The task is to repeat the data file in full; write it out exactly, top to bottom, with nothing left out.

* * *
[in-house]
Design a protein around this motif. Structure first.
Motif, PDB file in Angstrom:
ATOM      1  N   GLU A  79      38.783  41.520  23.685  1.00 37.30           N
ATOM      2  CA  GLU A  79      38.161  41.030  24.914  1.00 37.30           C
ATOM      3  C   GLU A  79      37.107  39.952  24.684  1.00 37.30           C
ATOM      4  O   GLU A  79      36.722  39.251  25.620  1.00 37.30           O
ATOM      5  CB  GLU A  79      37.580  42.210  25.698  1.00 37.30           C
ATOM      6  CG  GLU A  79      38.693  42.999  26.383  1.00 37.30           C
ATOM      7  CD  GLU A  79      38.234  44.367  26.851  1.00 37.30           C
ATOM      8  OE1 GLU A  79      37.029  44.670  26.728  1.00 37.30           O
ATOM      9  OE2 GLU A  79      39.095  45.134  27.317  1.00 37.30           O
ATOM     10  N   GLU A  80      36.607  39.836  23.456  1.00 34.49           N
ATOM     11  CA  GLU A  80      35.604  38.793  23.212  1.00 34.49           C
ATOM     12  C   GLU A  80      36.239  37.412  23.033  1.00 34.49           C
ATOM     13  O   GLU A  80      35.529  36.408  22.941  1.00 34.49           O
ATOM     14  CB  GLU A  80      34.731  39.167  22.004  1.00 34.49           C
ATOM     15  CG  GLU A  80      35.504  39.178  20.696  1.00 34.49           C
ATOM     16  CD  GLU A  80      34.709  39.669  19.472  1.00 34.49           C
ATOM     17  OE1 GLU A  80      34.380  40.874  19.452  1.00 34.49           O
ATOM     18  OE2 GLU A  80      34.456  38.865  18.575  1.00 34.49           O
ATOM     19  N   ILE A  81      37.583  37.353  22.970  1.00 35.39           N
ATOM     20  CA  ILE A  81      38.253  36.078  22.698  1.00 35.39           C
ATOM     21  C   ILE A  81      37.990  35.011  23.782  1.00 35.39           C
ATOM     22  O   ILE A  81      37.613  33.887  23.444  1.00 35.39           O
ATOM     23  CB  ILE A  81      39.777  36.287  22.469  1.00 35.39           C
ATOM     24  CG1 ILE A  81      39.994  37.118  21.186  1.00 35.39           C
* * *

[in-house]
Design a protein around this motif. Structure first.
Motif, PDB file in Angstrom:
ATOM      1  N   GLU A  79      38.783  41.520  23.685  1.00 37.30           N
ATOM      2  CA  GLU A  79      38.161  41.030  24.914  1.00 37.30           C
ATOM      3  C   GLU A  79      37.107  39.952  24.684  1.00 37.30           C
ATOM      4  O   GLU A  79      36.722  39.251  25.620  1.00 37.30           O
ATOM      5  CB  GLU A  79      37.580  42.210  25.698  1.00 37.30           C
ATOM      6  CG  GLU A  79      38.693  42.999  26.383  1.00 37.30           C
ATOM      7  CD  GLU A  79      38.234  44.367  26.851  1.00 37.30           C
ATOM      8  OE1 GLU A  79      37.029  44.670  26.728  1.00 37.30           O
ATOM      9  OE2 GLU A  79      39.095  45.134  27.317  1.00 37.30           O
ATOM     10  N   GLU A  80      36.607  39.836  23.456  1.00 34.49           N
ATOM     11  CA  GLU A  80      35.604  38.793  23.212  1.00 34.49           C
ATOM     12  C   GLU A  80      36.239  37.412  23.033  1.00 34.49           C
ATOM     13  O   GLU A  80      35.529  36.408  22.941  1.00 34.49           O
ATOM     14  CB  GLU A  80      34.731  39.167  22.004  1.00 34.49           C
ATOM     15  CG  GLU A  80      35.504  39.178  20.696  1.00 34.49           C
ATOM     16  CD  GLU A  80      34.709  39.669  19.472  1.00 34.49           C
ATOM     17  OE1 GLU A  80      34.380  40.874  19.452  1.00 34.49           O
ATOM     18  OE2 GLU A  80      34.456  38.865  18.575  1.00 34.49           O
ATOM     19  N   ILE A  81      37.583  37.353  22.970  1.00 35.39           N
ATOM     20  CA  ILE A  81      38.253  36.078  22.698  1.00 35.39           C
ATOM     21  C   ILE A  81      37.990  35.011  23.782  1.00 35.39           C
ATOM     22  O   ILE A  81      37.613  33.887  23.444  1.00 35.39           O
ATOM     23  CB  ILE A  81      39.777  36.287  22.469  1.00 35.39           C
ATOM     24  CG1 ILE A  81      39.994  37.118  21.186  1.00 35.39           C